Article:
Not too long ago, Louis renovated a bathroom for one of Small Scale Engineering’s clients. The previous tiler used large, good quality ceramic tiles for this bathroom. Although all the tiles, but one, broke on removal, Louis brought the old tiles back home in the hopes that we might be able to use them on the Container House Project. How exactly would one up-cycle second hand broken tiles?
The good news is that although all the tiles broke, the pieces were still quite large. Therefore, we would be able to cut them all down into a smaller tile size.
The Thought Process
Kevin’s first thought was that squares and rectangles are too boring. He wanted something more interesting for our show-piece bathroom. He considered triangles. Equilateral triangles are a bit predictable. In order to use isosceles or scalene triangles, each triangle to be fitted to the shower floor would have to be measured and calculated individually, for best results. This is because a shower floor is concave in order to drain properly. In the end, Kevin decided to turn the broken tile pieces into hexagonal tiles.
Before Kevin started working on the tiles themselves, he marked out the pattern on a piece of packaging cardboard so he knew exactly what he would need. With this completed, he could get to work on the tiles.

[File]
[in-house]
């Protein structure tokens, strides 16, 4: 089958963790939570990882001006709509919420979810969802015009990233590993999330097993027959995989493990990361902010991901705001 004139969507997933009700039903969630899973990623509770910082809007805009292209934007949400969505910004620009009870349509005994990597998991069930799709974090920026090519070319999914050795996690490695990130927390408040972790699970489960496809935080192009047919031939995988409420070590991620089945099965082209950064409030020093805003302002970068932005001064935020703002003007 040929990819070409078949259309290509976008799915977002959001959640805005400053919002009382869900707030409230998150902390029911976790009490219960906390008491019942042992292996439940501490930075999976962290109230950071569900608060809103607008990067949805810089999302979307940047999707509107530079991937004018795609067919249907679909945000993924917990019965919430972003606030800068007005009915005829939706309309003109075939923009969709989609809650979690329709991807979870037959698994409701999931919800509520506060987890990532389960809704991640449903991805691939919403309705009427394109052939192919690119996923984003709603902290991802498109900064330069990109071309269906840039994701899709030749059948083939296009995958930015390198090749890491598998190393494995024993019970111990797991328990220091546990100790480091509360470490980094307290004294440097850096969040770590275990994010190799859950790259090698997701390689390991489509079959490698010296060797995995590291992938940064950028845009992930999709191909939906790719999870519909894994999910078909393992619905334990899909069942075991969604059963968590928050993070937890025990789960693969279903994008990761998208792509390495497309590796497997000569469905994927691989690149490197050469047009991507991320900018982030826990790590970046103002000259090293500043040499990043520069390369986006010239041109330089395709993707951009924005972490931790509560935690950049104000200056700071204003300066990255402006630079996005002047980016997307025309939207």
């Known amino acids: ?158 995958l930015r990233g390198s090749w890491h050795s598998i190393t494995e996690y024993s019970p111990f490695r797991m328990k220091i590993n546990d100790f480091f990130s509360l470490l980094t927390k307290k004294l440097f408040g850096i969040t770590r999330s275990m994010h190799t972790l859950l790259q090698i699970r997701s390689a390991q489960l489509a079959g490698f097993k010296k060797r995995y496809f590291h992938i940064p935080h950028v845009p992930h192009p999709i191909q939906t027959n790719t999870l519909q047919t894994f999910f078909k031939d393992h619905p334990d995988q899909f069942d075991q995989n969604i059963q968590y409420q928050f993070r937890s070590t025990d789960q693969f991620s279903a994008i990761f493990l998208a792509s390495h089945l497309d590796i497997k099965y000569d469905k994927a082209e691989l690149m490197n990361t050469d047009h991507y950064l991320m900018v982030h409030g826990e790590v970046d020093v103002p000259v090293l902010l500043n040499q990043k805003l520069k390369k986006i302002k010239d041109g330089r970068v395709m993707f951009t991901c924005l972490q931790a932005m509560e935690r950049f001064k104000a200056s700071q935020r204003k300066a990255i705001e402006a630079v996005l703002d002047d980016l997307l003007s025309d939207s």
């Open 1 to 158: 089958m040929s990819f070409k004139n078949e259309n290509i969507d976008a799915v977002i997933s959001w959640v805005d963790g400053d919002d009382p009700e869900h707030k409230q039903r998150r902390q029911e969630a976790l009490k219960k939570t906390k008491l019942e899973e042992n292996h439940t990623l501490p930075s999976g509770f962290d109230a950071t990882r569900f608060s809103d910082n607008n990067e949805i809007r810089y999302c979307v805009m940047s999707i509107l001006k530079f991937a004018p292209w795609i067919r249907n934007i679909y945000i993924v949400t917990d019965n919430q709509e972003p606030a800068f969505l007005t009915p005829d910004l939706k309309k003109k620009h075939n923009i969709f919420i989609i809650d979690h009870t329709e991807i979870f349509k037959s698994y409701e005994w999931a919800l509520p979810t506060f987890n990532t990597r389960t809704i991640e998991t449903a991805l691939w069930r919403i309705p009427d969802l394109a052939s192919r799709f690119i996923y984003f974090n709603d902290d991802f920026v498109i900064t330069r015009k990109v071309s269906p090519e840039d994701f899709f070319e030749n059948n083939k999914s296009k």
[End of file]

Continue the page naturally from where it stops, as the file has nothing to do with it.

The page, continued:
The Work Process
The first step was to remove old tile cement off the back of the tiles. Only a few still had concrete stuck to it, so it was not too much of a problem. Kevin carefully chipped it off using a small sharp chisel and a hammer. He worked carefully in order to preserve the tiles as best he could without further damaging them.
With the decision with the shape made, it was a simple process for him to set up the electric tile saw with a jig to measure out the correct angle required to cut the broken pieces into hexagons. It took Kevin most of a day to cut enough hexagons for us to finish the shower floor. After that, the plan is to spend some time beveling the top edges using a belt sander.
I think that Kevin did an excellent job. In my (humble) opinion, the tiles look like they were bought in this hexagonal shape. I do not think too many people would ever guess that the tiles were up-cycled from second-hand broken tiles.
Best of all; we have just enough to tile the shower floor, with exactly one tile spare. Let’s hope nothing goes wrong in the tiling process!
Would You Up-cycle Second Hand Broken Tiles?
If you’re considering doing something similar to this, I should mention that the second-hand tiles we used are excellent quality A-grade tiles. These tiles have an embedded pattern on the top, rather than than a cheaper printed tile. (The tiles in the photos below are very dusty and are a more uniform colour than all the dust would lead you to believe.) The fact that the broken pieces were large also made this a project worth considering.
We would not have considered going to all this effort on cheaper tiles as it just would not be worth the effort. It was a very labour intensive process that did not result in a huge number of tiles.
But, please do come back because we’ll definitely be sharing with you on how the shower floor works out with these hexagonal up-cycled tiles.